Jefferson’s social vision makes it clear just how he managed to square social egalitarianism with a belief in the existence of superior individuals. All men were indeed not only created equal, but would live in equal circumstances insofar as none were dependent on others for support or patronage because each controlled his own agrarian base. Some might indeed hold larger tracts, as Jefferson did, But this would not give larger land holders power over smaller holders.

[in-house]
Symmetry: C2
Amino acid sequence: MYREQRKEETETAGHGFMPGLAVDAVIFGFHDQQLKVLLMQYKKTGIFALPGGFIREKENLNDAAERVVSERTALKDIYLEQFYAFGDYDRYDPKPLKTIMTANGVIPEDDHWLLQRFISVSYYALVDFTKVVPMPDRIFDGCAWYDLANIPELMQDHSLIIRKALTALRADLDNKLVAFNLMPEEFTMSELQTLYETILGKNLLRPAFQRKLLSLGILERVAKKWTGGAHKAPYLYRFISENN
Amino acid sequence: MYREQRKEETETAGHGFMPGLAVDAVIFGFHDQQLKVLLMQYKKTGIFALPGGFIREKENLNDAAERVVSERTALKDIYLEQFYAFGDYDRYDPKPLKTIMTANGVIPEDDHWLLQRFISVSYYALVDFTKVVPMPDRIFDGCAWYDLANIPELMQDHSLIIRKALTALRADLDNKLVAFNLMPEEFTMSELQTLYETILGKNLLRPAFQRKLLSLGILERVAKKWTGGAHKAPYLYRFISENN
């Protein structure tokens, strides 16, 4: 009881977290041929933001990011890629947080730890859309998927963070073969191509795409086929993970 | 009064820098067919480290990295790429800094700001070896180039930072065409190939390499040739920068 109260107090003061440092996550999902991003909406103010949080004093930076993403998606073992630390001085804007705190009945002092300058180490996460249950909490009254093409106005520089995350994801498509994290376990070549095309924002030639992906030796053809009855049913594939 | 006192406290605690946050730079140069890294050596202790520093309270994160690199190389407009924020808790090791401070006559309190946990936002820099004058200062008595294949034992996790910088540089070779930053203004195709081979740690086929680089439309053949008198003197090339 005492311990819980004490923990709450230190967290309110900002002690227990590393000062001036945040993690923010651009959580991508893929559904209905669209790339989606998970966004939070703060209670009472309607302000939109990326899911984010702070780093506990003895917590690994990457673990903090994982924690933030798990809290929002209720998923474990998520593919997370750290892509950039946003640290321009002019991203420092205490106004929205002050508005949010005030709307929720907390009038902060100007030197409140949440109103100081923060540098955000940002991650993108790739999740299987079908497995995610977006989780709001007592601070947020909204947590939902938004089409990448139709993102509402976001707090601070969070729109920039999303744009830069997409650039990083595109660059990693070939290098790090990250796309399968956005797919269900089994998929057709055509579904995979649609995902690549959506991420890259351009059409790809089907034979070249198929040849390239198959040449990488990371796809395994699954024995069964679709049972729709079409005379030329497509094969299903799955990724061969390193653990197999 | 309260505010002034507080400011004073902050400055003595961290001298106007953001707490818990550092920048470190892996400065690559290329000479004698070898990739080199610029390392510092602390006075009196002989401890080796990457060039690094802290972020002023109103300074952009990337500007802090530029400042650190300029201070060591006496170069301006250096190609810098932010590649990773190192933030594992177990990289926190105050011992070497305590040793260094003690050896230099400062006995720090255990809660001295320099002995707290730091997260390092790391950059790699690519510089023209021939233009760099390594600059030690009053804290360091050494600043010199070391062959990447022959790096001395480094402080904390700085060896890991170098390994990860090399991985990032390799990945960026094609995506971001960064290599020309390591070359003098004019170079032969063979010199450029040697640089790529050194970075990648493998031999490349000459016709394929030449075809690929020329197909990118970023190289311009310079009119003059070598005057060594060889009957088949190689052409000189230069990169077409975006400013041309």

With a basic social and economic equality assured by agrarian independence, the only real ranked inequality would be within a narrow range of political authority. Even Jefferson’s counties would need administrators and judges. One way in which these leaders could be chosen would be through a popular vote. The likely candidates could also be trained and pre-selected over their lifetimes, though, through some program like Jefferson’s 1797 educational scheme for basic education for all (white men) and a competitive pyramid of schooling for political leaders. Such a program would give the independent yeomen the basic learning not only to control their own livelihoods more effectively, but also to recognize and support the special abilities of leaders. Given Jefferson’s concept of a strictly limited government, his “natural aristocracy” would, in theory, pose few problems for the egalitarianism of a social structure existing largely outside the sphere of political power.